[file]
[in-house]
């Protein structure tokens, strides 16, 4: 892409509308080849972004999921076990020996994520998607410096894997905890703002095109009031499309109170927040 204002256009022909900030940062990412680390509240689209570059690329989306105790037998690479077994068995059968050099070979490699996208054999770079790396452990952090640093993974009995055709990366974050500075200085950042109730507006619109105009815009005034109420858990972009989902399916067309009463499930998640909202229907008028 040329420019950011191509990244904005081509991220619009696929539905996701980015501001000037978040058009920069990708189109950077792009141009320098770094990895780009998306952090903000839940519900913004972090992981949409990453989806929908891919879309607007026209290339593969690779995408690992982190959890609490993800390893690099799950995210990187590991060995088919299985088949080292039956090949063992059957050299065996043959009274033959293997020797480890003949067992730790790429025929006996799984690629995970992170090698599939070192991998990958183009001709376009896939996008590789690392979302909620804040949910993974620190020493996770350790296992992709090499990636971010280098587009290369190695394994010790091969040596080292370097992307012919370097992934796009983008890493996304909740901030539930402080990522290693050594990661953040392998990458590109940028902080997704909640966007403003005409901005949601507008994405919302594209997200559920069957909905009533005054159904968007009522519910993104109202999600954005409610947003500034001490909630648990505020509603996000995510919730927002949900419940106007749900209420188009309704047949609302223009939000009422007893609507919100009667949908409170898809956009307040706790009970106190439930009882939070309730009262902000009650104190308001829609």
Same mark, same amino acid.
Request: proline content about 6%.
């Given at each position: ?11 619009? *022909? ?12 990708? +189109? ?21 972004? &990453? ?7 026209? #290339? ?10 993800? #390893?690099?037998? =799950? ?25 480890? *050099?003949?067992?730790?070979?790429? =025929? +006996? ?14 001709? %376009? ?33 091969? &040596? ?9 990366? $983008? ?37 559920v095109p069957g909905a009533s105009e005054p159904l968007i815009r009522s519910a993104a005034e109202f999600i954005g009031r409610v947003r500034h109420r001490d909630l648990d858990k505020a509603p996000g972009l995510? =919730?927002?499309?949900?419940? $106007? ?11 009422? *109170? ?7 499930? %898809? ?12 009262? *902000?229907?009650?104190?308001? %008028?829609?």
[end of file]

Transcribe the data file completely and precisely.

[in-house]
């Protein structure tokens, strides 16, 4: 892409509308080849972004999921076990020996994520998607410096894997905890703002095109009031499309109170927040 204002256009022909900030940062990412680390509240689209570059690329989306105790037998690479077994068995059968050099070979490699996208054999770079790396452990952090640093993974009995055709990366974050500075200085950042109730507006619109105009815009005034109420858990972009989902399916067309009463499930998640909202229907008028 040329420019950011191509990244904005081509991220619009696929539905996701980015501001000037978040058009920069990708189109950077792009141009320098770094990895780009998306952090903000839940519900913004972090992981949409990453989806929908891919879309607007026209290339593969690779995408690992982190959890609490993800390893690099799950995210990187590991060995088919299985088949080292039956090949063992059957050299065996043959009274033959293997020797480890003949067992730790790429025929006996799984690629995970992170090698599939070192991998990958183009001709376009896939996008590789690392979302909620804040949910993974620190020493996770350790296992992709090499990636971010280098587009290369190695394994010790091969040596080292370097992307012919370097992934796009983008890493996304909740901030539930402080990522290693050594990661953040392998990458590109940028902080997704909640966007403003005409901005949601507008994405919302594209997200559920069957909905009533005054159904968007009522519910993104109202999600954005409610947003500034001490909630648990505020509603996000995510919730927002949900419940106007749900209420188009309704047949609302223009939000009422007893609507919100009667949908409170898809956009307040706790009970106190439930009882939070309730009262902000009650104190308001829609």
Same mark, same amino acid.
Request: proline content about 6%.
């Given at each position: ?11 619009? *022909? ?12 990708? +189109? ?21 972004? &990453? ?7 026209? #290339? ?10 993800? #390893?690099?037998? =799950? ?25 480890? *050099?003949?067992?730790?070979?790429? =025929? +006996? ?14 001709? %376009? ?33 091969? &040596? ?9 990366? $983008? ?37 559920v095109p069957g909905a009533s105009e005054p159904l968007i815009r009522s519910a993104a005034e109202f999600i954005g009031r409610v947003r500034h109420r001490d909630l648990d858990k505020a509603p996000g972009l995510? =919730?927002?499309?949900?419940? $106007? ?11 009422? *109170? ?7 499930? %898809? ?12 009262? *902000?229907?009650?104190?308001? %008028?829609?």